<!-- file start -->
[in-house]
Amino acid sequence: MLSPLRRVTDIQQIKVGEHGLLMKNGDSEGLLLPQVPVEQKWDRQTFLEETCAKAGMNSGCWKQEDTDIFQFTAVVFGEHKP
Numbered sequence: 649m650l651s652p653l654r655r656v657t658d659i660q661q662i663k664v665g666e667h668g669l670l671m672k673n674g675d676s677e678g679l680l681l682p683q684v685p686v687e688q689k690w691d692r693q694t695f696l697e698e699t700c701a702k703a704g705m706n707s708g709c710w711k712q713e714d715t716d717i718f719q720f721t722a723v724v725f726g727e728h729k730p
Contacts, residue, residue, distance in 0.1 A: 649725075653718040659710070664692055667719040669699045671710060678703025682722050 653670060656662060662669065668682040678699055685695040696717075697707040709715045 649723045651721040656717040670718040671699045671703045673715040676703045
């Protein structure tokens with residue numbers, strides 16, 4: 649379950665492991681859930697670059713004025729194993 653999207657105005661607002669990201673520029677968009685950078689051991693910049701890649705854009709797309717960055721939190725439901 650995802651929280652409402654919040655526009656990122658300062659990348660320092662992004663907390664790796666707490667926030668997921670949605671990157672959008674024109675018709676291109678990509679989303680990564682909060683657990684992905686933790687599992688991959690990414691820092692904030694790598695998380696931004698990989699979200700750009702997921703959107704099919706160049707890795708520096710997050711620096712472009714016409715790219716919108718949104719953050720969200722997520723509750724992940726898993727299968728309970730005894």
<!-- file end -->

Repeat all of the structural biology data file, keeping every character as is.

[in-house]
Amino acid sequence: MLSPLRRVTDIQQIKVGEHGLLMKNGDSEGLLLPQVPVEQKWDRQTFLEETCAKAGMNSGCWKQEDTDIFQFTAVVFGEHKP
Numbered sequence: 649m650l651s652p653l654r655r656v657t658d659i660q661q662i663k664v665g666e667h668g669l670l671m672k673n674g675d676s677e678g679l680l681l682p683q684v685p686v687e688q689k690w691d692r693q694t695f696l697e698e699t700c701a702k703a704g705m706n707s708g709c710w711k712q713e714d715t716d717i718f719q720f721t722a723v724v725f726g727e728h729k730p
Contacts, residue, residue, distance in 0.1 A: 649725075653718040659710070664692055667719040669699045671710060678703025682722050 653670060656662060662669065668682040678699055685695040696717075697707040709715045 649723045651721040656717040670718040671699045671703045673715040676703045
């Protein structure tokens with residue numbers, strides 16, 4: 649379950665492991681859930697670059713004025729194993 653999207657105005661607002669990201673520029677968009685950078689051991693910049701890649705854009709797309717960055721939190725439901 650995802651929280652409402654919040655526009656990122658300062659990348660320092662992004663907390664790796666707490667926030668997921670949605671990157672959008674024109675018709676291109678990509679989303680990564682909060683657990684992905686933790687599992688991959690990414691820092692904030694790598695998380696931004698990989699979200700750009702997921703959107704099919706160049707890795708520096710997050711620096712472009714016409715790219716919108718949104719953050720969200722997520723509750724992940726898993727299968728309970730005894």